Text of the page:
Tuesday, October 20, 2009

FOOD FOR THOUGHT


Current Project:The Baby's Bodyguard
Status: page 216

I love the children's book called THE SECRET GARDEN. Every couple of years I reread it. It's a book of change and hope and understanding and the power of a child to overcome herself and awaken those around her. Who doesn't crave a secret spot, a garden to bring back to life and to hold close and secret and in which to blossom as surely as the roses do?

But I also have a secret agenda with this book. The little girl, raised in India, catered to on every physical level, knows nothing of making her own way. Her first friend is a local boy, as barefoot and independent as she is spoiled and rotten. And as he teaches her the wonders of nature, he also teaches her how to build a fire at the "end of the garden" (don't you love that phrase, the "end" of the garden -- is your garden large enough to have an "end?" Mine sure isn't...) and in which to "roast" eggs. Yep, he puts the eggs in the ground, I believe or in the smoldering coals (time to reread) and cooks these eggs; it's an empowering wonder to her. And it's a wonder to me, too. I love this part of the book and every time I read it I have the overwhelming urge to hard boil an egg. Do I read the book for this scene? No. But it's part of the enjoyment. Excuse me while I go boil an egg....

That was yummy. This author (whose name I can't spell and I hate to navigate away from this site and have to start over, but you all know who she is, her first name is Francis the next two start with a B and a H) also wrote THE LITTLE PRINCESS. There's a scene in the movie -- I haven't read the book -- where the heroine is banished to attic with another little girl to live as a slave. She is always cold, she is always hungry. The grils become fast friends as they share their misery, and it's the stories of India our little heroine shares with her new friend that keep them warm. But one morning, they awake to a magical golden room with silk robes and Indian slippers, courtesy of the man from India who lives across from them, and in the middle of all this golden splendor is a table laid with the most succulent fruit and juices, meats and muffins. The children eat to their hearts' content.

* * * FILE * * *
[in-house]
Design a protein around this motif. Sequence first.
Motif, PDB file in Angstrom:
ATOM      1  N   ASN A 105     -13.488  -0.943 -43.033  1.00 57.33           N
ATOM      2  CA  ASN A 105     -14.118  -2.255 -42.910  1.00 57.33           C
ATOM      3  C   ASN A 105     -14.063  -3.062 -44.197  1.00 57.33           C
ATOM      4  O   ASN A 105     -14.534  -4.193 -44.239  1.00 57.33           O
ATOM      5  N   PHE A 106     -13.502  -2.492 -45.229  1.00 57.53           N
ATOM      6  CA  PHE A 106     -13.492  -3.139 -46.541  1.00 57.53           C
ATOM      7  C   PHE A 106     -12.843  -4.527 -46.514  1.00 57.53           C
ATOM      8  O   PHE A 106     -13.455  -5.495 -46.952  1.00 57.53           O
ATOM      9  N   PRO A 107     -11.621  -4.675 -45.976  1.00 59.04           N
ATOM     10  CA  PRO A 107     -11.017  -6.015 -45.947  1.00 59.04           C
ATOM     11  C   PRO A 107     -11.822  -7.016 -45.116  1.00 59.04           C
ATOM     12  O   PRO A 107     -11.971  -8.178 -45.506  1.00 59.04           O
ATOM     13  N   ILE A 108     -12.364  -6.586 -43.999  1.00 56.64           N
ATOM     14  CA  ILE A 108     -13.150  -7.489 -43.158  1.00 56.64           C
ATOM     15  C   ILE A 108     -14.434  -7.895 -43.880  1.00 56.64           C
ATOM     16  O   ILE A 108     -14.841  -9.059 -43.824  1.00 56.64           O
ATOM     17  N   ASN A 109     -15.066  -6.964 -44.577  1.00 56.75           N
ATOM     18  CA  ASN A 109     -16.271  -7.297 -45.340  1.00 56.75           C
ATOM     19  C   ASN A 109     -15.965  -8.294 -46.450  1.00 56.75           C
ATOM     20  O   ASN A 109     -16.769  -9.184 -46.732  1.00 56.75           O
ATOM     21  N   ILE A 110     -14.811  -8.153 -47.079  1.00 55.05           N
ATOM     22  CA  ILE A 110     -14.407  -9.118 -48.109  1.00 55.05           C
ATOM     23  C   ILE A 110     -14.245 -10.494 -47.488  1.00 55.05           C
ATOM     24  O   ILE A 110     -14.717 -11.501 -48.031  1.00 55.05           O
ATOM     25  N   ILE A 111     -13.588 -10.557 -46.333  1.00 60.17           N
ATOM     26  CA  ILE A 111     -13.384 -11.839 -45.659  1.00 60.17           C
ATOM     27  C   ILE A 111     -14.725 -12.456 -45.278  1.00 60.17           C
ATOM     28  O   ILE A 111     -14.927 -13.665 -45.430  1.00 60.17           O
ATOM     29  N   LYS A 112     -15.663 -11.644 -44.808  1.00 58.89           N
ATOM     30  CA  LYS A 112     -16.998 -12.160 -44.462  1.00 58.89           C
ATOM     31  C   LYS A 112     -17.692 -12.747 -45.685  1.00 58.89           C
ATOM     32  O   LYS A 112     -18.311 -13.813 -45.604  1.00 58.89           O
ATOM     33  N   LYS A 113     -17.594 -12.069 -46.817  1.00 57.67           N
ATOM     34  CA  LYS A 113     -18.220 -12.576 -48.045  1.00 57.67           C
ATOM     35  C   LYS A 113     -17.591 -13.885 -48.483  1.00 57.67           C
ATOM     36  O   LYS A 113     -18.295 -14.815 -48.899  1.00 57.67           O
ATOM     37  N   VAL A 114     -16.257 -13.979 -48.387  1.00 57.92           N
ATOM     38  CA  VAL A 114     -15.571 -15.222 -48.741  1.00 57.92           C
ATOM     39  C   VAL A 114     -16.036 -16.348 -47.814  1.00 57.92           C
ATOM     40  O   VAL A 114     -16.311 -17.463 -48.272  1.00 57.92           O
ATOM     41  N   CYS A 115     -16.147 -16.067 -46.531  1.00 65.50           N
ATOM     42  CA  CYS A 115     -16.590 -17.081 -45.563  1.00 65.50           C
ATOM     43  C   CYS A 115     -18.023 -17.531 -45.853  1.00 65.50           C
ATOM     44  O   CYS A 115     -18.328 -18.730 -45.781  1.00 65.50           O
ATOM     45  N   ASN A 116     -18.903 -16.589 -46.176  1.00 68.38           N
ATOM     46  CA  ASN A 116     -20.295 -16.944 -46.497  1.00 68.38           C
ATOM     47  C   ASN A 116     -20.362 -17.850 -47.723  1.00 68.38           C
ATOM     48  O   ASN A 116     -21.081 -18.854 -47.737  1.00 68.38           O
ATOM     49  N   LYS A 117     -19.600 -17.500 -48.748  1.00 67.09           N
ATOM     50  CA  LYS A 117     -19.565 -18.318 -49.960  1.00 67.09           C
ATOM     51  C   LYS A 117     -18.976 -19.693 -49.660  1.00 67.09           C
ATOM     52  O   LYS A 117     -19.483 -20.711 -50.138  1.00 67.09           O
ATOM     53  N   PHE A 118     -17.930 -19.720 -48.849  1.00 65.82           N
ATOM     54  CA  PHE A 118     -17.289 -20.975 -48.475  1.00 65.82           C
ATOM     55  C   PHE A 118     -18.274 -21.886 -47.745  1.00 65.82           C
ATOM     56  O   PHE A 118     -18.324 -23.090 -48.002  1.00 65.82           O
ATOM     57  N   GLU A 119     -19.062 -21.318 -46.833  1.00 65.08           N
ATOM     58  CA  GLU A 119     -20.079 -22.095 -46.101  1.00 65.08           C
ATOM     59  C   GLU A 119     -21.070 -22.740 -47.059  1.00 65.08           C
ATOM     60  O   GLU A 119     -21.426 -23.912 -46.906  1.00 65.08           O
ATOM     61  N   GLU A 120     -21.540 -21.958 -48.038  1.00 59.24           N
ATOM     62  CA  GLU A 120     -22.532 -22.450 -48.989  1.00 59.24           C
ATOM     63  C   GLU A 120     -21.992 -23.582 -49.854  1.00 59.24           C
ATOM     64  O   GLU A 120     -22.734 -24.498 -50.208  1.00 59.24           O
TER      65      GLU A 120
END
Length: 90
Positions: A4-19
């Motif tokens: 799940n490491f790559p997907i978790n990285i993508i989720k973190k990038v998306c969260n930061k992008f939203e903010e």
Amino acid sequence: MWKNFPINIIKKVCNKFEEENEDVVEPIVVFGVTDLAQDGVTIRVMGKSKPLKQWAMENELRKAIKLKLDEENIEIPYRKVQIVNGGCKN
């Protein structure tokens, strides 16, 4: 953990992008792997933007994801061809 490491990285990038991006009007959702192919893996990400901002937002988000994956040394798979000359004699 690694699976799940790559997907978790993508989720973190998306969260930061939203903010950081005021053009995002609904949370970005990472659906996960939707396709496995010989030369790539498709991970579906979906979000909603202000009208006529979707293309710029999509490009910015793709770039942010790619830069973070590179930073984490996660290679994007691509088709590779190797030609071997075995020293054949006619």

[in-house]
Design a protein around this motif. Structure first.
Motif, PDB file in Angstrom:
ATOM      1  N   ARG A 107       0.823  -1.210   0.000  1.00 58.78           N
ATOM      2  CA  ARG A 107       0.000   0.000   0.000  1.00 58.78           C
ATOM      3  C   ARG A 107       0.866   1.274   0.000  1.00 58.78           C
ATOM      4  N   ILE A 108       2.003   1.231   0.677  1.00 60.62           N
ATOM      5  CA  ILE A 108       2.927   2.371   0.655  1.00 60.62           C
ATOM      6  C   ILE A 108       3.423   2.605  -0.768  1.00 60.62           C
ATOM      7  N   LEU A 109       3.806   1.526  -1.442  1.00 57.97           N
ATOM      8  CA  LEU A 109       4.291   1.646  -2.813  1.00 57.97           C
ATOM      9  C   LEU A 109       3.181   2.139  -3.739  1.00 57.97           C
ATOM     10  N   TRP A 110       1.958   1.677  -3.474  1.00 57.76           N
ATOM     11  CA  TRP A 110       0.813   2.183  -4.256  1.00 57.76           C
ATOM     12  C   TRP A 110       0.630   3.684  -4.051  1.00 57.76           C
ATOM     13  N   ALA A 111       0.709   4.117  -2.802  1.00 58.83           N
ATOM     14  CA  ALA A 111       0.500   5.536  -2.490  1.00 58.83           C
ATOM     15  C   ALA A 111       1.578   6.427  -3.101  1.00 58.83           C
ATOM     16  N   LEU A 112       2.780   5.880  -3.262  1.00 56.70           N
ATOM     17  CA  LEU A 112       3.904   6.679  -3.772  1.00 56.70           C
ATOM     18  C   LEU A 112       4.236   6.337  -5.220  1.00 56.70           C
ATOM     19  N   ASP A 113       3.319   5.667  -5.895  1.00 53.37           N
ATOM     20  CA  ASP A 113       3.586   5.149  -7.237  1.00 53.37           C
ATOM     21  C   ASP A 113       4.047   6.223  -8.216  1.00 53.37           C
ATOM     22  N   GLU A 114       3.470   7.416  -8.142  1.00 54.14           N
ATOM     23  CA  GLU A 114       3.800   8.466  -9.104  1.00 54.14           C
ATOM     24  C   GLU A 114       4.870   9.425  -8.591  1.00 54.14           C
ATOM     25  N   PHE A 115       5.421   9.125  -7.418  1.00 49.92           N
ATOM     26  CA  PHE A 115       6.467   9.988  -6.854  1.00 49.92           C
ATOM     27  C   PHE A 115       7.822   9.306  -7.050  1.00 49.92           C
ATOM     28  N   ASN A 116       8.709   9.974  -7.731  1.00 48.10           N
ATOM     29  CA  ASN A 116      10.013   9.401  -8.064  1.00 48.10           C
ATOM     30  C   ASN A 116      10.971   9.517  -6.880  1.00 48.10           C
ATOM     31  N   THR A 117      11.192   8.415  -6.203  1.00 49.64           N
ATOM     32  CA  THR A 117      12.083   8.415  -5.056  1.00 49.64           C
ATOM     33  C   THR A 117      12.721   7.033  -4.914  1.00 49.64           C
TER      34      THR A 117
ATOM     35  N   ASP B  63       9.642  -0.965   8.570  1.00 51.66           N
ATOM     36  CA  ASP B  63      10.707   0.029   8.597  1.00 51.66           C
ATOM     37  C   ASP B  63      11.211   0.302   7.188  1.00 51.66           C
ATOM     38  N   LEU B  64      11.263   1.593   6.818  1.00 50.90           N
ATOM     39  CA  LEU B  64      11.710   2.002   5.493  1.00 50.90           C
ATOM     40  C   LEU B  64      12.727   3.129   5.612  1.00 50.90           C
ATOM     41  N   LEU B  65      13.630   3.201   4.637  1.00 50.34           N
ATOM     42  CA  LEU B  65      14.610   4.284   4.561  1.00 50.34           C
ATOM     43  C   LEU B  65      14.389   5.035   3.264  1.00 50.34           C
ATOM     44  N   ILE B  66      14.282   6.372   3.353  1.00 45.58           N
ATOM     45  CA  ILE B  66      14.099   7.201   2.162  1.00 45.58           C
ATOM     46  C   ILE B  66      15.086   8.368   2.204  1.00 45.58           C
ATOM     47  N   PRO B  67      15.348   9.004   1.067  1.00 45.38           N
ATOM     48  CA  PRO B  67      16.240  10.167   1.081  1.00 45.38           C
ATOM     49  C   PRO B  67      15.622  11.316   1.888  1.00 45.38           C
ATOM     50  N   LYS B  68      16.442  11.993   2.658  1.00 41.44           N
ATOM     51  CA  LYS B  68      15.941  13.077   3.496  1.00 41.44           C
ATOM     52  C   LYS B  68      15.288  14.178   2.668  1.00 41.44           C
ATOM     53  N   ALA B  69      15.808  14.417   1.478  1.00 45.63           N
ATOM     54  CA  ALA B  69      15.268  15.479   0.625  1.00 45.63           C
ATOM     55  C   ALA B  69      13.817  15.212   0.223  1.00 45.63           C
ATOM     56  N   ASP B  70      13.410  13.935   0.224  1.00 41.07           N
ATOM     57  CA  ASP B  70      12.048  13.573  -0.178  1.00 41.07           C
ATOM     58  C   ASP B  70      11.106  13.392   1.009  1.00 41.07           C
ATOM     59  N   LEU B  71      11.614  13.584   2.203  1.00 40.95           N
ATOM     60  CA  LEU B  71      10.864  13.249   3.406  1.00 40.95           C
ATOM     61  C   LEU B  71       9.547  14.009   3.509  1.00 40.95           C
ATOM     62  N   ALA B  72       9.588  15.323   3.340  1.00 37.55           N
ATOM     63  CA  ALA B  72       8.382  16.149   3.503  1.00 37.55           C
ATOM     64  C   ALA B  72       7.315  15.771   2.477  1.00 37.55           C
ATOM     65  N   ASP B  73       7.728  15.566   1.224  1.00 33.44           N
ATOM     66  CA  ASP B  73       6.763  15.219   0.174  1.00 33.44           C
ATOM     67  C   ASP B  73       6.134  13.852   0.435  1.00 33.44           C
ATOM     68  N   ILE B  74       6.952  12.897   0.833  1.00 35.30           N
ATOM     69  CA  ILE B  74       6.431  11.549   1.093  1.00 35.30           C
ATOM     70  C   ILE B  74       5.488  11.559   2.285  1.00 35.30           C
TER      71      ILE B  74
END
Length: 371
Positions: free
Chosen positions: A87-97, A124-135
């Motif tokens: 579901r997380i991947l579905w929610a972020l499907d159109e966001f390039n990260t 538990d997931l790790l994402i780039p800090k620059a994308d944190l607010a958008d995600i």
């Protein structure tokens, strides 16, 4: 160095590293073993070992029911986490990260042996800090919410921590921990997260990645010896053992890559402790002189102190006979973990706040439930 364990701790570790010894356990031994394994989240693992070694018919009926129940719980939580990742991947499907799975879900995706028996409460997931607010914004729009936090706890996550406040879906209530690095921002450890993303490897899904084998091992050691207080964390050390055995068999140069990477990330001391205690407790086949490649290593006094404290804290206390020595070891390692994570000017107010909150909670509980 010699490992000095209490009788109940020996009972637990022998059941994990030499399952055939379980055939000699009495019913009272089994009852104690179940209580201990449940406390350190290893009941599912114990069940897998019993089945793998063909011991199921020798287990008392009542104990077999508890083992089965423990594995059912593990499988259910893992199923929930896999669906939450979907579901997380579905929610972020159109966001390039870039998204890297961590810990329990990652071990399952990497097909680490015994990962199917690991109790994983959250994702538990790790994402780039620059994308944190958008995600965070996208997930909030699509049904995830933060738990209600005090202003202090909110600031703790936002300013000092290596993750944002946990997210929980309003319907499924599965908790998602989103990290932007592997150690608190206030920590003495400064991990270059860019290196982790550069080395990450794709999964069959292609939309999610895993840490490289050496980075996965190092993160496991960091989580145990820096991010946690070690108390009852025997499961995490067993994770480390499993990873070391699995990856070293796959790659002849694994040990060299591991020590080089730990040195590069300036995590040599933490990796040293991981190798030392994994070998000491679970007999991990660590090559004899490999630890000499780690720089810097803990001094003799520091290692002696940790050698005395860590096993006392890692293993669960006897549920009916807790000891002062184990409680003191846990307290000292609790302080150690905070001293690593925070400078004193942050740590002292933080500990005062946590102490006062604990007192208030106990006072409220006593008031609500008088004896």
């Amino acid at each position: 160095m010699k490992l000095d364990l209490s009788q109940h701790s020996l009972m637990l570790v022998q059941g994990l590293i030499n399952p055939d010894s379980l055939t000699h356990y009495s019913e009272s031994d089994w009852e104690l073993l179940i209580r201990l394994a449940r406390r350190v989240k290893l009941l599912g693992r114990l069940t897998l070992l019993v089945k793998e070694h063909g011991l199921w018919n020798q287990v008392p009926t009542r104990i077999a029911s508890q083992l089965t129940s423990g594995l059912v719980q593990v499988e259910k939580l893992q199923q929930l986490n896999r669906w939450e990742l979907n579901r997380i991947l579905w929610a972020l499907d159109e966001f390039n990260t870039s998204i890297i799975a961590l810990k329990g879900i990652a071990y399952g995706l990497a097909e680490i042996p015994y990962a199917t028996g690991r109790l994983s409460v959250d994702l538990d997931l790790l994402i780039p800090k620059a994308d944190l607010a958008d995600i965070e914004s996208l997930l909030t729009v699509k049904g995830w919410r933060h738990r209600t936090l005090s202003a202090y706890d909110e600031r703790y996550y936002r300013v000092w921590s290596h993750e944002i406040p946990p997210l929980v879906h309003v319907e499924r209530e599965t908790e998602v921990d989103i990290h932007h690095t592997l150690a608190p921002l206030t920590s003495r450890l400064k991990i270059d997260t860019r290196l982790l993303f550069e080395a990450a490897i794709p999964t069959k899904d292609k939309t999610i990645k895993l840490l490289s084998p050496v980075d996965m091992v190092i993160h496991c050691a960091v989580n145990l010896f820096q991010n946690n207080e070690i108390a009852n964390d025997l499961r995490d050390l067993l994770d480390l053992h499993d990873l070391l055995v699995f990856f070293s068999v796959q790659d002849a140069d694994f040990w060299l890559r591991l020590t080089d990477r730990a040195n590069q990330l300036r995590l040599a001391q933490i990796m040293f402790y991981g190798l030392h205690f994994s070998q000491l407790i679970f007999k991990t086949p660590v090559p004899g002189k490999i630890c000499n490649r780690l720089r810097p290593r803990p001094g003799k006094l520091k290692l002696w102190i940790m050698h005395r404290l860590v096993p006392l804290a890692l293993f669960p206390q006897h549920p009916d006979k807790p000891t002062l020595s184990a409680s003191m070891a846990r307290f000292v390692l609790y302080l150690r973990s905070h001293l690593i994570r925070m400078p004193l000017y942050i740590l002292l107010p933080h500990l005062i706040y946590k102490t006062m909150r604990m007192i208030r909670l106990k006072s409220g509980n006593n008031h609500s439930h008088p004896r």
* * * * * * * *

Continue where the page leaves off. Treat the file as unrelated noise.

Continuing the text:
This is an old part of fairy tales, you know. The magical table. The soup pot that is always full. So many people were hungry -- scrapping for food was practically a full time occupation. The thought that one could procure it by settling a special cloth over a rock and the dishes would appear hot and steaming was one of the most compelling fantasies of the times.

Off to my next food type encounter in a literary sense. THE LORD OF THE RINGS. If you are one of those acquainted with Tolkein's work by virtue of the movies and not the books, you may have missed one of the most memorable experiences (or a bevy of them) found within the pages and they have to do with -- food. Mushrooms: sauteed, fried, steamed... those Hobbits love them. But all along the way, it's food, from bacon rashers (I always crave bacon after reading this) to honey to apples to everything imaginable. Imagine the elfish bread that satisfies every need and comes wrapped in a leaf; or the sausages. Every place they land, they eat. And the beer! And the wine!